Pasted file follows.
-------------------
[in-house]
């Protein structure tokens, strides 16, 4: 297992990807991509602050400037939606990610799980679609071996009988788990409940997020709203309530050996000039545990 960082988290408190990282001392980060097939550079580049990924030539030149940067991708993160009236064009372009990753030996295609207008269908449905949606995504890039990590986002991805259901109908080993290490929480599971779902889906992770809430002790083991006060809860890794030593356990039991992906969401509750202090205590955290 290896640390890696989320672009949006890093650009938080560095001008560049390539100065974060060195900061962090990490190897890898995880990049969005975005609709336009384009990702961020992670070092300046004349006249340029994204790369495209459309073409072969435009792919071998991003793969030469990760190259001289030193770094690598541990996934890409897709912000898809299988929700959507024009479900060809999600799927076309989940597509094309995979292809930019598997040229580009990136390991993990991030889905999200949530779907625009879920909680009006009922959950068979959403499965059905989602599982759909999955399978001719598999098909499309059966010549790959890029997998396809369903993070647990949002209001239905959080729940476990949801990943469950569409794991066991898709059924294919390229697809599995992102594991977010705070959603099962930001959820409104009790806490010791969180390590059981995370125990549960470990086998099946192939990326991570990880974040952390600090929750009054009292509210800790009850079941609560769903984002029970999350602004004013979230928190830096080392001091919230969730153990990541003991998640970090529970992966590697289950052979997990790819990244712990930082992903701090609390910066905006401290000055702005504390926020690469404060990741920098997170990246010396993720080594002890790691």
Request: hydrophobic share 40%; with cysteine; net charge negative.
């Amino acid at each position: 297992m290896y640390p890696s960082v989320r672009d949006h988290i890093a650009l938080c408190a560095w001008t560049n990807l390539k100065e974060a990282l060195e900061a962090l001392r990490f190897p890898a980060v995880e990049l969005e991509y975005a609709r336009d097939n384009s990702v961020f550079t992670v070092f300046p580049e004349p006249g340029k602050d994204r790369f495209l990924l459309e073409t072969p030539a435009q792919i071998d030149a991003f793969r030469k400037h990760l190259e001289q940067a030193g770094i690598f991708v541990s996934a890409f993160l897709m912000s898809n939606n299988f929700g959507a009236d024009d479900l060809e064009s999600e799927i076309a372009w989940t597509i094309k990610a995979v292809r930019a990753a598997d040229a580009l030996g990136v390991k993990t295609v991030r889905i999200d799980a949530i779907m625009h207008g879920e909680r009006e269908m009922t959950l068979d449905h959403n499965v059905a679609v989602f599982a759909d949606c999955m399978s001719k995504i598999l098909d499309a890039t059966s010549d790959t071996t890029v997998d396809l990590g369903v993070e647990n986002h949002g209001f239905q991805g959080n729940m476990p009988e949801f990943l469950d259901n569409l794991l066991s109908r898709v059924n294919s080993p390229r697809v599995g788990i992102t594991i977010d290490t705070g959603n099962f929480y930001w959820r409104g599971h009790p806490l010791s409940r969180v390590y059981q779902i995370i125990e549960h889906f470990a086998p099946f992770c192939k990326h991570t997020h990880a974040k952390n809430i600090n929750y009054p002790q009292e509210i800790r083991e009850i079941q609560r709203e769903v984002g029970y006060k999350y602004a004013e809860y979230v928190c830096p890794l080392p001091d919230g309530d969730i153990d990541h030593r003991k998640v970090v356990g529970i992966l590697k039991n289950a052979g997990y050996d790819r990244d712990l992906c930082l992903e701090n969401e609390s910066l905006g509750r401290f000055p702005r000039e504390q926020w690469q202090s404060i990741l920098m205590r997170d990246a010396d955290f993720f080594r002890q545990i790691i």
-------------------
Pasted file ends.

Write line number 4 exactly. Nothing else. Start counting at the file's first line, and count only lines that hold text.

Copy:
């Amino acid at each position: 297992m290896y640390p890696s960082v989320r672009d949006h988290i890093a650009l938080c408190a560095w001008t560049n990807l390539k100065e974060a990282l060195e900061a962090l001392r990490f190897p890898a980060v995880e990049l969005e991509y975005a609709r336009d097939n384009s990702v961020f550079t992670v070092f300046p580049e004349p006249g340029k602050d994204r790369f495209l990924l459309e073409t072969p030539a435009q792919i071998d030149a991003f793969r030469k400037h990760l190259e001289q940067a030193g770094i690598f991708v541990s996934a890409f993160l897709m912000s898809n939606n299988f929700g959507a009236d024009d479900l060809e064009s999600e799927i076309a372009w989940t597509i094309k990610a995979v292809r930019a990753a598997d040229a580009l030996g990136v390991k993990t295609v991030r889905i999200d799980a949530i779907m625009h207008g879920e909680r009006e269908m009922t959950l068979d449905h959403n499965v059905a679609v989602f599982a759909d949606c999955m399978s001719k995504i598999l098909d499309a890039t059966s010549d790959t071996t890029v997998d396809l990590g369903v993070e647990n986002h949002g209001f239905q991805g959080n729940m476990p009988e949801f990943l469950d259901n569409l794991l066991s109908r898709v059924n294919s080993p390229r697809v599995g788990i992102t594991i977010d290490t705070g959603n099962f929480y930001w959820r409104g599971h009790p806490l010791s409940r969180v390590y059981q779902i995370i125990e549960h889906f470990a086998p099946f992770c192939k990326h991570t997020h990880a974040k952390n809430i600090n929750y009054p002790q009292e509210i800790r083991e009850i079941q609560r709203e769903v984002g029970y006060k999350y602004a004013e809860y979230v928190c830096p890794l080392p001091d919230g309530d969730i153990d990541h030593r003991k998640v970090v356990g529970i992966l590697k039991n289950a052979g997990y050996d790819r990244d712990l992906c930082l992903e701090n969401e609390s910066l905006g509750r401290f000055p702005r000039e504390q926020w690469q202090s404060i990741l920098m205590r997170d990246a010396d955290f993720f080594r002890q545990i790691i």